One week, one day, 17 hours, 27 minutes and 17 seconds. 174 cigarettes not smoked, saving $32.73. Life saved: 14 hours, 30 minutes.
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LindaO

October 26th, 2000, 11:08 pm#17

Thanks Linda
I thought I had read this article before, but couldn't remember for sure. Reading the other posts to it has helped aswell. Now printed off incase I need it again!

Linda x
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Dionne (gold)

November 1st, 2000, 11:10 pm#18

Thanks Joel! And thanks Geo for pointing me toward this post. I feel better now and won't mind more dreams of smoking as you were right......when I awake and discover it was only a dream it's very SWEET! Onward, Dionne 3W & 3D
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STACY

November 20th, 2000, 9:18 am#19

Thanks! This makes sense. This is one of the reasons I failed at other quits. The dreams freaked me out. At least now I now they're normal.
Stacy
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S Sweet

December 28th, 2000, 11:37 pm#20

thanks hun... just wish it wasnt so darn life-like!!!!! i actually have been having cravings all morning long after "smoking a pack of cigarettes" in my dream GRRRR well that gives me new meaning to the "you can smoke just one" lie, we tell ourselves occasionally... i cant even DREAM abt smoking "just one"
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PatM62(Silver)

December 30th, 2000, 8:04 am#21

thanks for this post, Joel, I was badly in need of this about 10 days ago, when i couldn't log on. I dreamt i was smoking 3 nights in succession.....secretive smoking,( which i've never done, but then again i've never stopped before!) and always got caught and felt dreadful but had to carry on smoking. It really disturbed me....i wondered if my subconscious was leading me to the next puff and it may be inevitable that i smoke again. After all, I always knew i couldn't stop! I remembered that i had downloaded a lot of your stuff, so although i couldn't get onto the message board, i had plenty to read. This helped a lot. It was only the old addiction playing mind games with me, and perhaps it was good to be reminded of how horrible i now feel smoking. I know for sure that i need never take another puff...even if i want to.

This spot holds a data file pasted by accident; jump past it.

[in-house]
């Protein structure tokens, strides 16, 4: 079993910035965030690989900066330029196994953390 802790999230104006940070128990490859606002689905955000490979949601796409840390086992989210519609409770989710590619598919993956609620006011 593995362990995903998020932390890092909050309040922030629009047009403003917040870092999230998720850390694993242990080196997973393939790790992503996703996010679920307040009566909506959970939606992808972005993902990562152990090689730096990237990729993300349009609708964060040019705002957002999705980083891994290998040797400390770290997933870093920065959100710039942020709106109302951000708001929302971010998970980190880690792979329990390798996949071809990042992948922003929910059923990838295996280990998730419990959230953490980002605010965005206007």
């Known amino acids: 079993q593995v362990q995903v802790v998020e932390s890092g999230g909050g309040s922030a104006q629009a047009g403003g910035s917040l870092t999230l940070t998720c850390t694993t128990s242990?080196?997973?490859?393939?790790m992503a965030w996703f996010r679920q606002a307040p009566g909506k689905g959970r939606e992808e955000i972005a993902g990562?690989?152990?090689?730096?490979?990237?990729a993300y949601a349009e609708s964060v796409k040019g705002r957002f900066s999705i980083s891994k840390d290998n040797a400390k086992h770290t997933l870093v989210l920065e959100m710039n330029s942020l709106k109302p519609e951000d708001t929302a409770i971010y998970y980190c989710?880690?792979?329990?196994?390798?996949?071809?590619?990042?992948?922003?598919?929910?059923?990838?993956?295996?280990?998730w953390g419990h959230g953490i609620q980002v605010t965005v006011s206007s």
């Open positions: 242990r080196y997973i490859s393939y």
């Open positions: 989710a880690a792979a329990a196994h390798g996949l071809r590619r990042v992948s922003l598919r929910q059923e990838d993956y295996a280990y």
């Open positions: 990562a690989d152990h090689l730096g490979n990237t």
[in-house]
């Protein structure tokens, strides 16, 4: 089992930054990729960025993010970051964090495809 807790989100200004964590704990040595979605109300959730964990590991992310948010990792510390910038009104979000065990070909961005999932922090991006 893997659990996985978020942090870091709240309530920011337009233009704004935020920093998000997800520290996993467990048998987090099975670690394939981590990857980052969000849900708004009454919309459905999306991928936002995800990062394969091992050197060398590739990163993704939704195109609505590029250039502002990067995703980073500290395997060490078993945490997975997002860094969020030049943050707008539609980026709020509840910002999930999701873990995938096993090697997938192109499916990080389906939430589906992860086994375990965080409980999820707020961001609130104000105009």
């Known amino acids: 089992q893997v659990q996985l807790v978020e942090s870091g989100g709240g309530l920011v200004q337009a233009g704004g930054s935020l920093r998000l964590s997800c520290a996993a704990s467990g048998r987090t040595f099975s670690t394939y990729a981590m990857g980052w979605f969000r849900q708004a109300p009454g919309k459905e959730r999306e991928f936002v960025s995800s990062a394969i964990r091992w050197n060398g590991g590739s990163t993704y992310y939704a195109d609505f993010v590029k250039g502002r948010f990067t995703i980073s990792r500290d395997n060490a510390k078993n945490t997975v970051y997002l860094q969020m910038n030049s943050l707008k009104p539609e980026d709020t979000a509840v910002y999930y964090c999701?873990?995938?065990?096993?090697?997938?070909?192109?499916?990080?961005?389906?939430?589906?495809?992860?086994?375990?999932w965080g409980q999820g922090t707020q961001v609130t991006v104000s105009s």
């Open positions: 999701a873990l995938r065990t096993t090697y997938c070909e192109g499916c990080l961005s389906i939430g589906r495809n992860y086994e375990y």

Luv Pat
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Joel

January 5th, 2001, 8:33 pm#22

By the way, if you look at the number of times I have had to bring this up, you get a sense of just how prevalent these dreams are. Thought I would just mention that.


Joel


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Last edited by Joel on March 18th, 2009, 12:37 pm, edited 1 time in total.
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leslie

January 6th, 2001, 1:41 am#23

Joel...Thank you so much for posting the dream article...I've been thinking about it all day and now have a better understanding of it...glad[but not glad] others experience the same thing as it freaked me out...but all is good a bit grumpy..but no tears today so the sun is definetly shining!!! I'm being as positive as possible and I WILL NEVER TAKE ANOTHER PUFF!!! Thanks Leslie
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GOINEAZY

January 17th, 2001, 12:21 am#24

Thanks for the clarification!! I just had one of those dreams!Felt like I blew it until I actually woke and found just a dream.What a relief knowing I hadn't actually smoked!! Thanks~~~~~~EAZY
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Tallone

January 24th, 2001, 3:48 am#25

Joel, thanks so much for the info on dreams. Fascinating. It helps to clarify so much. In fact, all of your articles are simply amazing and full of facts that keep me headed on the Quitter Trail.

Thanks! Donna